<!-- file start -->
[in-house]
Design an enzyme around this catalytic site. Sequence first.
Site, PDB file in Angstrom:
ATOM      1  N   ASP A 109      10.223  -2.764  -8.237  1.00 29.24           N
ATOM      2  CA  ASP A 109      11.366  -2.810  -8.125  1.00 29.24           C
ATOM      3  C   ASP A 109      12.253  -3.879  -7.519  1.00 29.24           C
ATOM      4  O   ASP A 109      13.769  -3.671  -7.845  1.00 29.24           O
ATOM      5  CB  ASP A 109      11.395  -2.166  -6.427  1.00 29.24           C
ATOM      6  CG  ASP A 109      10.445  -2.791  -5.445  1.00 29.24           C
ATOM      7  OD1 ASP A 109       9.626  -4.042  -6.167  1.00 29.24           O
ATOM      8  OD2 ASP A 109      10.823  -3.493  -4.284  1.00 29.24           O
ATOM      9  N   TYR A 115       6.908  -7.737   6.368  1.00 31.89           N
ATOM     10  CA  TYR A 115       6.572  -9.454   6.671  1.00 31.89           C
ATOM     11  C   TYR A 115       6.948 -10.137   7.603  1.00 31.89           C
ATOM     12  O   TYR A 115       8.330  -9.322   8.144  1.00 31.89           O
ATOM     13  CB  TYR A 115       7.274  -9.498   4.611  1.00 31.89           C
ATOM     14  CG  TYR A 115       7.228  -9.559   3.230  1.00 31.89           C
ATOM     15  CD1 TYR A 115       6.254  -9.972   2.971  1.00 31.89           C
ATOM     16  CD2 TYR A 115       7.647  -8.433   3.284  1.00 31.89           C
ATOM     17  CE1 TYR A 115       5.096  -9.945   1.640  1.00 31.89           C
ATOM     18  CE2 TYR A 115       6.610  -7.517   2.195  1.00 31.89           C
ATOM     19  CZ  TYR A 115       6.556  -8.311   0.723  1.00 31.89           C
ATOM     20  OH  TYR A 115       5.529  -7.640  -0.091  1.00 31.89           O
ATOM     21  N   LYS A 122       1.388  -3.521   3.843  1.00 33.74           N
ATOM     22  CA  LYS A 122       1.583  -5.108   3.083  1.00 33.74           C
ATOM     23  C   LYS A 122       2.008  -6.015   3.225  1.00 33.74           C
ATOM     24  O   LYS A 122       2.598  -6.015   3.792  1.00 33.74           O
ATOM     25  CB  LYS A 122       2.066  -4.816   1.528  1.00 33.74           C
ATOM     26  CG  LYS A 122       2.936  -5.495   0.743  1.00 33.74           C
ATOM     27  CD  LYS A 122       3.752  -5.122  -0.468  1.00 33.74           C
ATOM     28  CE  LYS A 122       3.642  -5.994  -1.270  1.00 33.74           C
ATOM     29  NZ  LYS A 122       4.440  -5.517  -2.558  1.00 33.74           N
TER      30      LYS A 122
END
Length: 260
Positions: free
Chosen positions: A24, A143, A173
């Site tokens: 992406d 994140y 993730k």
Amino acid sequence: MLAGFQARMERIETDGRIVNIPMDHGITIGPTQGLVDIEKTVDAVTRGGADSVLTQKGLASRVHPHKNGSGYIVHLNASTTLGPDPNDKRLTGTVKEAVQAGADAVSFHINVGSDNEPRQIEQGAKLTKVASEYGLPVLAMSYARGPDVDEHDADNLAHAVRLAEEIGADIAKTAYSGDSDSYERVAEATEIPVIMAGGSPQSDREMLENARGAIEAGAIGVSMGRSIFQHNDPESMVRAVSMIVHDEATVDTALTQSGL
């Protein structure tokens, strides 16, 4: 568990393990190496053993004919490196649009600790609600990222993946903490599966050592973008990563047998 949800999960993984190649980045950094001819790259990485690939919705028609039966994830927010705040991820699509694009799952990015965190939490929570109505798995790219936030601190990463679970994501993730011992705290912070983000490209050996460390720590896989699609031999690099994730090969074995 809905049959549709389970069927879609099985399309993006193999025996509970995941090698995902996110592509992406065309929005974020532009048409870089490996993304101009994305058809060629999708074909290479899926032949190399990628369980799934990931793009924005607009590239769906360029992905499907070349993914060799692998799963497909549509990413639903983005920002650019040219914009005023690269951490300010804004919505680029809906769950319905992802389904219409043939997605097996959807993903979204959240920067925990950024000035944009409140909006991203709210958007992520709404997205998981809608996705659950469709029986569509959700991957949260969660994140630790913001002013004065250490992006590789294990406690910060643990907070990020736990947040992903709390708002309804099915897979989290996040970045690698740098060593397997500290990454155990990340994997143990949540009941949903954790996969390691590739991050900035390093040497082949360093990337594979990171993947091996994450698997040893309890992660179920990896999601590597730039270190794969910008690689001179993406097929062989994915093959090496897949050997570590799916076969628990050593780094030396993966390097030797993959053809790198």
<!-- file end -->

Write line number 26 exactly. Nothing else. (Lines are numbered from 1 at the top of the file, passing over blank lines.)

ATOM     23  C   LYS A 122       2.008  -6.015   3.225  1.00 33.74           C